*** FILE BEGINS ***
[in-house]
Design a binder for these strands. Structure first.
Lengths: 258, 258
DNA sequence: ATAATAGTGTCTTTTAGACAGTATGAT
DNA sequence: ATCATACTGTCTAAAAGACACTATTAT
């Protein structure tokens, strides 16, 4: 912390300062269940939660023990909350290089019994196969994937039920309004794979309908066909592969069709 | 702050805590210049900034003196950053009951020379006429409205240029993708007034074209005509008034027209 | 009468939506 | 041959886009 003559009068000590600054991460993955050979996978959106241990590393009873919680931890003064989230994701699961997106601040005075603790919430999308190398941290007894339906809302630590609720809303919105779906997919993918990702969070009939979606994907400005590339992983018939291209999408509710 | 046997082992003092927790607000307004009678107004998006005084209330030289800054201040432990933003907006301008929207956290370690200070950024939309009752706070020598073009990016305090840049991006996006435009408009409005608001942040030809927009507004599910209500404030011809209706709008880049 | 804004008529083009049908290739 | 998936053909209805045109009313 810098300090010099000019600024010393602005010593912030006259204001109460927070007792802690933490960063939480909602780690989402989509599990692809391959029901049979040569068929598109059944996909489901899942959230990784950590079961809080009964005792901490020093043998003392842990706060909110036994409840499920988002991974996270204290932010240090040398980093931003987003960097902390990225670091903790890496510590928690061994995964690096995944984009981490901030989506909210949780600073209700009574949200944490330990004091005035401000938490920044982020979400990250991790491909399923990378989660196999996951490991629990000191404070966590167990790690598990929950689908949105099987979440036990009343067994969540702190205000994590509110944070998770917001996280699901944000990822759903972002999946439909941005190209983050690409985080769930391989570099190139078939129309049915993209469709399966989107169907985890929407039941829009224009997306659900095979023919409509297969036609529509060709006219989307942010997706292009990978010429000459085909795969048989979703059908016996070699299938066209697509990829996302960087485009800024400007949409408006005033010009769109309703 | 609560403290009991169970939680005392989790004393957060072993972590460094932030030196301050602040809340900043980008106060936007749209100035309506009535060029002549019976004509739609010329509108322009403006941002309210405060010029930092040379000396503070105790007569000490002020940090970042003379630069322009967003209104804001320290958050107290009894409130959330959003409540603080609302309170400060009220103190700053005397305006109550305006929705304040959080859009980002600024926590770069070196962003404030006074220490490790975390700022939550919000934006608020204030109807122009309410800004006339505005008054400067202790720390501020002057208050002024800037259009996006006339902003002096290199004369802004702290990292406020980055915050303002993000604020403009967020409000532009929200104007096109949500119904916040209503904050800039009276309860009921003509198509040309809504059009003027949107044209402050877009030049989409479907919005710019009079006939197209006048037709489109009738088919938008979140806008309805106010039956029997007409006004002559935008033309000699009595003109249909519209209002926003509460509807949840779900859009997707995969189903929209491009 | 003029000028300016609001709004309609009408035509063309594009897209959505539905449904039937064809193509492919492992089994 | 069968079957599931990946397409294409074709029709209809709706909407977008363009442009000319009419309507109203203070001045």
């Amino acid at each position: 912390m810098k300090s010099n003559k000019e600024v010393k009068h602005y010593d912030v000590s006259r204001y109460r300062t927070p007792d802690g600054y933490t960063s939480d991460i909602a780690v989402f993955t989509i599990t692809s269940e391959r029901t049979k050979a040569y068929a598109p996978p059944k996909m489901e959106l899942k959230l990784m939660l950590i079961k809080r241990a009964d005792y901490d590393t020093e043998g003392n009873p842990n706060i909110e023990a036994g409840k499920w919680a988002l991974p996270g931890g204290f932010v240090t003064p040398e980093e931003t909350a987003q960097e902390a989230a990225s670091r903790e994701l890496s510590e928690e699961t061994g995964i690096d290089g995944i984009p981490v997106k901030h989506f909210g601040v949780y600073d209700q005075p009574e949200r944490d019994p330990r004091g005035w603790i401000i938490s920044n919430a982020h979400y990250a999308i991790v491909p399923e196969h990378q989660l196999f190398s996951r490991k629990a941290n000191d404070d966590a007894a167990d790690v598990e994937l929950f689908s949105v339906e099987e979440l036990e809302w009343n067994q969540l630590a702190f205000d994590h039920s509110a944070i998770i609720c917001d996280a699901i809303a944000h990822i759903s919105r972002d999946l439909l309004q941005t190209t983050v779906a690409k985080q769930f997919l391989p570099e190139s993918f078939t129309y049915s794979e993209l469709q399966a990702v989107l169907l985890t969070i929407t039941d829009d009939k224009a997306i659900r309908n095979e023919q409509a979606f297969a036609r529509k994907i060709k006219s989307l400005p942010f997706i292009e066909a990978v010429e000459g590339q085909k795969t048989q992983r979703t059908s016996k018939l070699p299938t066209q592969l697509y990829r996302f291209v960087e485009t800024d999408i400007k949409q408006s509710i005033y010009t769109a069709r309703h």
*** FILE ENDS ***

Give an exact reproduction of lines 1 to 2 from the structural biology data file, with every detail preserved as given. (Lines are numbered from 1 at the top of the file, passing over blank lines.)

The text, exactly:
[in-house]
Design a binder for these strands. Structure first.